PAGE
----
>> solution is at least available and a known quantity. A good backup plan.
>>
>> Benefits: conservative increase. proves network can upgrade. permits some
>> added growth, while the community & market gathers data on how an increased
>> block size impacts privacy, security, centralization, transaction throughput
>> and other metrics. 2MB seems to be a Least Common Denominator on an
>> increase.
>>
>> Costs: requires a hard fork. requires another hard fork down the road.
>>
>>
>>
>>
>> _______________________________________________
>> bitcoin-dev mailing list
>> bitcoin-***@lists.linuxfoundation.org
>> https://lists.linuxfoundation.org/mailman/listinfo/bitcoin-dev
>>
>>
>>
>>
>> _______________________________________________
>> bitcoin-dev mailing list
>> bitcoin-***@lists.linuxfoundation.org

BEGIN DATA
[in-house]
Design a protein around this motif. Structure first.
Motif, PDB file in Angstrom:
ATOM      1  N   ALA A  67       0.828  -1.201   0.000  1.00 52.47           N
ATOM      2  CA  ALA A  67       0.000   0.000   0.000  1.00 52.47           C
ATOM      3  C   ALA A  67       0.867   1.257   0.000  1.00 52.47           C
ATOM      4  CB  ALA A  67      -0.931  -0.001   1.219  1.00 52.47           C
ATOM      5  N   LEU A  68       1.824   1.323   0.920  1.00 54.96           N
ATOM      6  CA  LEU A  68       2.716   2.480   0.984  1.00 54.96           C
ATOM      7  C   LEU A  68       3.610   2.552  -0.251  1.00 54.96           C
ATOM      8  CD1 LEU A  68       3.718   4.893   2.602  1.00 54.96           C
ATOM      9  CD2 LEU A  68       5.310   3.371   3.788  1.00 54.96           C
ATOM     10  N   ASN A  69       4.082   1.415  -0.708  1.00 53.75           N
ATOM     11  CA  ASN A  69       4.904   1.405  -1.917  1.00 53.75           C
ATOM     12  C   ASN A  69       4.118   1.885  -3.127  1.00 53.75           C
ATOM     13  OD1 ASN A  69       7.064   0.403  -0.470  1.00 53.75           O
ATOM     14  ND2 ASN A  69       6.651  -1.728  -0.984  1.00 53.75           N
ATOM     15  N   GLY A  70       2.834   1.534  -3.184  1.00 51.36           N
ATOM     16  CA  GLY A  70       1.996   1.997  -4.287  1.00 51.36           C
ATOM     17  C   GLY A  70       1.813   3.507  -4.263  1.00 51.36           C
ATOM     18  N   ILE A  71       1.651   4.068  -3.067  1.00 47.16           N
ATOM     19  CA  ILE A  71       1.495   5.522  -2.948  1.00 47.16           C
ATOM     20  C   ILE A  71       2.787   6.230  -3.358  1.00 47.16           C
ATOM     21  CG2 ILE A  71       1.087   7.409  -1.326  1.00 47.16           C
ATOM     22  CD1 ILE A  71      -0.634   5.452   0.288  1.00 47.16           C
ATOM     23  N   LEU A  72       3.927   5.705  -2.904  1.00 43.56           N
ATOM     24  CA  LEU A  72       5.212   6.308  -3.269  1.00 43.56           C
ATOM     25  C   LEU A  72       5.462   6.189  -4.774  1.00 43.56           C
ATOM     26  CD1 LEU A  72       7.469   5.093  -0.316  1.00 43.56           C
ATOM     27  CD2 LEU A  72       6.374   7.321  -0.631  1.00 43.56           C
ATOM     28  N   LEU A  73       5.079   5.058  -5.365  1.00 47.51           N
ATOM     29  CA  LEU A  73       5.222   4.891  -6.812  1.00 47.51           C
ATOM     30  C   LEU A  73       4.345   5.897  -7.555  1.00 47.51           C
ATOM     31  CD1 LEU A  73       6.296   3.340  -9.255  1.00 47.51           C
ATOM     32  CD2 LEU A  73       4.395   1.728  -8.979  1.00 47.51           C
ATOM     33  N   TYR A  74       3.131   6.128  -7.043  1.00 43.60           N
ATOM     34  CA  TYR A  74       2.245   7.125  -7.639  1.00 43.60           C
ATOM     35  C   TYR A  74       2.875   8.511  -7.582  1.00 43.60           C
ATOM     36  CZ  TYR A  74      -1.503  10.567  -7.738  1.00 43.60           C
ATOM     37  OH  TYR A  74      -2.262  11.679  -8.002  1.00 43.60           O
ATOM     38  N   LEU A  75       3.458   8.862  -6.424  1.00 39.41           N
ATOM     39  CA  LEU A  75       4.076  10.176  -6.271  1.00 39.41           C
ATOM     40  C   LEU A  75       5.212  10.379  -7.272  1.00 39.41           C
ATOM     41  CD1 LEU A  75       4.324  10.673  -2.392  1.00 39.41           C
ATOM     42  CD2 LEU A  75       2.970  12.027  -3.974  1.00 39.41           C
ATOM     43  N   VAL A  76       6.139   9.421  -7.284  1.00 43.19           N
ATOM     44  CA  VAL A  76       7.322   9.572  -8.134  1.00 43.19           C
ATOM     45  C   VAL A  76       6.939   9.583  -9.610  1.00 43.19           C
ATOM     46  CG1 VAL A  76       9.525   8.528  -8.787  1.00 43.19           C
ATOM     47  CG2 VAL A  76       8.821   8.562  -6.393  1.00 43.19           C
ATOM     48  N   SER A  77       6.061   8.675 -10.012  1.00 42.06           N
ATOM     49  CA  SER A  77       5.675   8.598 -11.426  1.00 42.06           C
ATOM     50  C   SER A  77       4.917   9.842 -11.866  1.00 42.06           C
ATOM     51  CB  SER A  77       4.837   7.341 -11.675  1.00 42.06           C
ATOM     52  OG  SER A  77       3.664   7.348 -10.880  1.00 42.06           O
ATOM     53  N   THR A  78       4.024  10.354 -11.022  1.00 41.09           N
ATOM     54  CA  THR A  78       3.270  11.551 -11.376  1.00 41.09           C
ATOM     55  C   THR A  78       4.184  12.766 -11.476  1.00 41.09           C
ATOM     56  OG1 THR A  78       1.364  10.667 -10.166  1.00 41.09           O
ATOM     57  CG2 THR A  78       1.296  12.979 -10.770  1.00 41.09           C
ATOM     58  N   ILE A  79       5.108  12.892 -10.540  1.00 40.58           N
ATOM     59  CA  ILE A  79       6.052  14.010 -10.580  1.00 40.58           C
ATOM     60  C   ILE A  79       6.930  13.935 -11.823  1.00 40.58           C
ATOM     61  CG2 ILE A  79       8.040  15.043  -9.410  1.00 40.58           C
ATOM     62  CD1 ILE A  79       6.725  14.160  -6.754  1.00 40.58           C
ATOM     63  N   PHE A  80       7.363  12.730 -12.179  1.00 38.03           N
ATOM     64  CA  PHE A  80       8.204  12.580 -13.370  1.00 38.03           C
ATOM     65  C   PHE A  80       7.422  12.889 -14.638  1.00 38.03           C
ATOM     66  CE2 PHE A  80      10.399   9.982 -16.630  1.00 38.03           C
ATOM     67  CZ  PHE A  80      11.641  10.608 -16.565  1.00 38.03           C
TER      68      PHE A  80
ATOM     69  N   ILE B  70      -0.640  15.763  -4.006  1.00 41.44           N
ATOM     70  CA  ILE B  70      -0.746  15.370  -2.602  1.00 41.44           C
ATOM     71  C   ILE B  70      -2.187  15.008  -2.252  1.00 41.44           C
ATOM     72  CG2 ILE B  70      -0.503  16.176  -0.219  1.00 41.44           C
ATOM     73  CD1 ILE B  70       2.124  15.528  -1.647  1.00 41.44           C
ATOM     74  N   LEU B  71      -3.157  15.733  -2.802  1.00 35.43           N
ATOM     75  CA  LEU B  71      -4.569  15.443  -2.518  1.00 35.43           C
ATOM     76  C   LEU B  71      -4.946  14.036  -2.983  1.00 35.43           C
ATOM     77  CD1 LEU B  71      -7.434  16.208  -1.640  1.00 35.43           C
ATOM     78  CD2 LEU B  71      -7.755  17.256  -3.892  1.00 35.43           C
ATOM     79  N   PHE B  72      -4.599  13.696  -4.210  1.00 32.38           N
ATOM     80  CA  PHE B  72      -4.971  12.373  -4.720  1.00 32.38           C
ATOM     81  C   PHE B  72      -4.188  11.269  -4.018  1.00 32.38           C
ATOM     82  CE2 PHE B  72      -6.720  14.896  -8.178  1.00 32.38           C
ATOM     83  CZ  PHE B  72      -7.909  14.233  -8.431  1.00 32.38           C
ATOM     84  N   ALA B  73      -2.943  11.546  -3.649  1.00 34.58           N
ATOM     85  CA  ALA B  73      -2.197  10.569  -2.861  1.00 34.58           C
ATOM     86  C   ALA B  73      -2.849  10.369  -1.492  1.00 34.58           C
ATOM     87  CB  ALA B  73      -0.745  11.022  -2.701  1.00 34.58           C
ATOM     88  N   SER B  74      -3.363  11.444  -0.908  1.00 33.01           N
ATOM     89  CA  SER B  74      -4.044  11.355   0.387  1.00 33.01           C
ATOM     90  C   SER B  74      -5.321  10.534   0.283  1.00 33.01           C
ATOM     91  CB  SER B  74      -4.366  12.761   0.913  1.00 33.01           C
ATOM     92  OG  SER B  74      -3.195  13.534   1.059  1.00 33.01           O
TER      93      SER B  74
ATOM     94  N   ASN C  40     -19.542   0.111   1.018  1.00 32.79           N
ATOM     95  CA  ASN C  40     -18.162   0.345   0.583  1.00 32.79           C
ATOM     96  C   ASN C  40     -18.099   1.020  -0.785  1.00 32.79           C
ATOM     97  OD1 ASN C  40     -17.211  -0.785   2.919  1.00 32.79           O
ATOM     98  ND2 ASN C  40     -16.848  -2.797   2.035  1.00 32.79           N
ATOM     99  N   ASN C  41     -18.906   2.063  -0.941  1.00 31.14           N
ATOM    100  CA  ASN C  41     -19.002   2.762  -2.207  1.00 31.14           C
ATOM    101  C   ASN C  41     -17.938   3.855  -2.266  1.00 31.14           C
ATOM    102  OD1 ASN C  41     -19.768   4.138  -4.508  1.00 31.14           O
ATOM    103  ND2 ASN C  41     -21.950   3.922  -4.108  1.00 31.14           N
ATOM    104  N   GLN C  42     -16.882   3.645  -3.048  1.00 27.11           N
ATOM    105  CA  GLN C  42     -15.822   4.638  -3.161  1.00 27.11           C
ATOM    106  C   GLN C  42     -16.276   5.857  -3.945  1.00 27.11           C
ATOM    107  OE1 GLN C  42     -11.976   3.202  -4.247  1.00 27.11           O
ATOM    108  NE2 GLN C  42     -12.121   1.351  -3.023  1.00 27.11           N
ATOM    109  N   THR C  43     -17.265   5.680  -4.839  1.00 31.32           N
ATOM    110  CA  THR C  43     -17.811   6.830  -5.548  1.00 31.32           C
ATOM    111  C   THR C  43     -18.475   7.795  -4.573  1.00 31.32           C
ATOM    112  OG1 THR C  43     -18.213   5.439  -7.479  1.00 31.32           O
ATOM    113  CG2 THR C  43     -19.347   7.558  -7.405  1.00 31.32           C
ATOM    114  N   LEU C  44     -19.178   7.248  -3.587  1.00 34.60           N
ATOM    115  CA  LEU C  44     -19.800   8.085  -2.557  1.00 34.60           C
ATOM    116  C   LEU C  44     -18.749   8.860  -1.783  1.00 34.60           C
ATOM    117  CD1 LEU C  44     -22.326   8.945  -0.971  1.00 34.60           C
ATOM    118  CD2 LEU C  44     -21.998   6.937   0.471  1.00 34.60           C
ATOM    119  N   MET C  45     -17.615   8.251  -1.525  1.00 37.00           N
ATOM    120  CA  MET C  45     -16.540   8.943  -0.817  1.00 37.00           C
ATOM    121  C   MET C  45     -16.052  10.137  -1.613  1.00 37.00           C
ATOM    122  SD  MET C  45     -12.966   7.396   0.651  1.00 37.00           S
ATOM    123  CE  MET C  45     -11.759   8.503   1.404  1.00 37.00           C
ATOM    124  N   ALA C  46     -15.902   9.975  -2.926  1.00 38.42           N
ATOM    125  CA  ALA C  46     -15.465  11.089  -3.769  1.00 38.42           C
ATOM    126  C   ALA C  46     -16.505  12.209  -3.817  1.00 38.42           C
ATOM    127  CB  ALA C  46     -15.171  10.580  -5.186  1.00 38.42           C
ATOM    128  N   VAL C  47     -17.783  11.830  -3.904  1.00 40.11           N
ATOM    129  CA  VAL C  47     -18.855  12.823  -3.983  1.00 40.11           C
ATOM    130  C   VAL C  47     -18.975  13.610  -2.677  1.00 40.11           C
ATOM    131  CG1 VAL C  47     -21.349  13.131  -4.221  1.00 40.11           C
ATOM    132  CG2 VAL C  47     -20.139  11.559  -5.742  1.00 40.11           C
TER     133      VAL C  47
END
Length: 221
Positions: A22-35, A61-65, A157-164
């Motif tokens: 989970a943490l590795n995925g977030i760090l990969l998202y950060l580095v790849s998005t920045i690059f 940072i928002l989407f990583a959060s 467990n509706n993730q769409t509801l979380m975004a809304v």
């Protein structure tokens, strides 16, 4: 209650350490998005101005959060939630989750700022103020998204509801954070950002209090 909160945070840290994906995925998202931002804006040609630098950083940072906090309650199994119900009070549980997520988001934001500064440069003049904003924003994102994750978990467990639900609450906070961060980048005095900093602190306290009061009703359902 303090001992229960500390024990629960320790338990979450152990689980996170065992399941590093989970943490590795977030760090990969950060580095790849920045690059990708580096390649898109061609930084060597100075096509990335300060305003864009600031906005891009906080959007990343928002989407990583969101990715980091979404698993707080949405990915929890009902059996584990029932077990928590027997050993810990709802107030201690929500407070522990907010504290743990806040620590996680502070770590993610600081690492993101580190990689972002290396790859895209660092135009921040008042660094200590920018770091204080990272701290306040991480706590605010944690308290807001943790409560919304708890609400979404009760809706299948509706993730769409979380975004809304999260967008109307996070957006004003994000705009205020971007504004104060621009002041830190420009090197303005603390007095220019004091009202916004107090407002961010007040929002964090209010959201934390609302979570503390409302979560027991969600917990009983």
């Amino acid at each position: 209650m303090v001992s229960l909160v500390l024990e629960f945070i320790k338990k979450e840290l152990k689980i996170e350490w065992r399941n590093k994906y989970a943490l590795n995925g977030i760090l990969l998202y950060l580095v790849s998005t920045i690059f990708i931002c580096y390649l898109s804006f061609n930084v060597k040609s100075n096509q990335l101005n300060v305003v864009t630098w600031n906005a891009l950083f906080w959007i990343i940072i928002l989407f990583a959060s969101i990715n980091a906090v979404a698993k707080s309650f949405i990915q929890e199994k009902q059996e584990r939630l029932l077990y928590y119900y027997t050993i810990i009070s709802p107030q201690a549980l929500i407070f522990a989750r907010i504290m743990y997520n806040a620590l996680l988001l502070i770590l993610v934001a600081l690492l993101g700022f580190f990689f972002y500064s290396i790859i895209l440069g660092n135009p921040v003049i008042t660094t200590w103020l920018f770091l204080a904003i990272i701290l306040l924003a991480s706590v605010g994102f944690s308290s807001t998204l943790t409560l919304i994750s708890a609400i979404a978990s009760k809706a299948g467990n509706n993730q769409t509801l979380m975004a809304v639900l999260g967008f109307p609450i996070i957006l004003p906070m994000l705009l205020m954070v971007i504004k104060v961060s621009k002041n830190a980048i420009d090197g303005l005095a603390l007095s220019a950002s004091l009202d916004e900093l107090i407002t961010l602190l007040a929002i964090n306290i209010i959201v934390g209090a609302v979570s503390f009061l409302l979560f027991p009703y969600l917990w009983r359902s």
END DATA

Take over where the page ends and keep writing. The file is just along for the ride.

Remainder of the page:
>> https://lists.linuxfoundation.org/mailman/listinfo/bitcoin-dev
>>
>>
>>
>> _______________________________________________
>> bitcoin-dev mailing list
>> bitcoin-***@lists.linuxfoundation.org
>> https://lists.linuxfoundation.org/mailman/listinfo/bitcoin-dev
>>
Jorge Timón via bitcoin-dev
2015-07-23 11:24:52 UTC
Permalink
Peter Todd, as discussed on IRC, I'm not opposed to median time, which
has many of the properties nheight has, I'm just opposed to just using
nTime which is what all "hardfork proposals" I've seen so far
(including this one) do.

On Wed, Jul 22, 2015 at 12:05 AM, Ross Nicoll <***@jrn.me.uk> wrote:
> On 21/07/2015 10:26, Jorge Timón wrote:
>>
>> I still disagree. Using height instead of time may make the
>> implementation more complex by requiring some additional preparations
>> but using height is in fact a simpler design. Why relay on clocks that
>> we know will differ in different computers and places when we have a
>> universal tick with every block?
>
> Not so much that the implementation is difficult, as it requires context to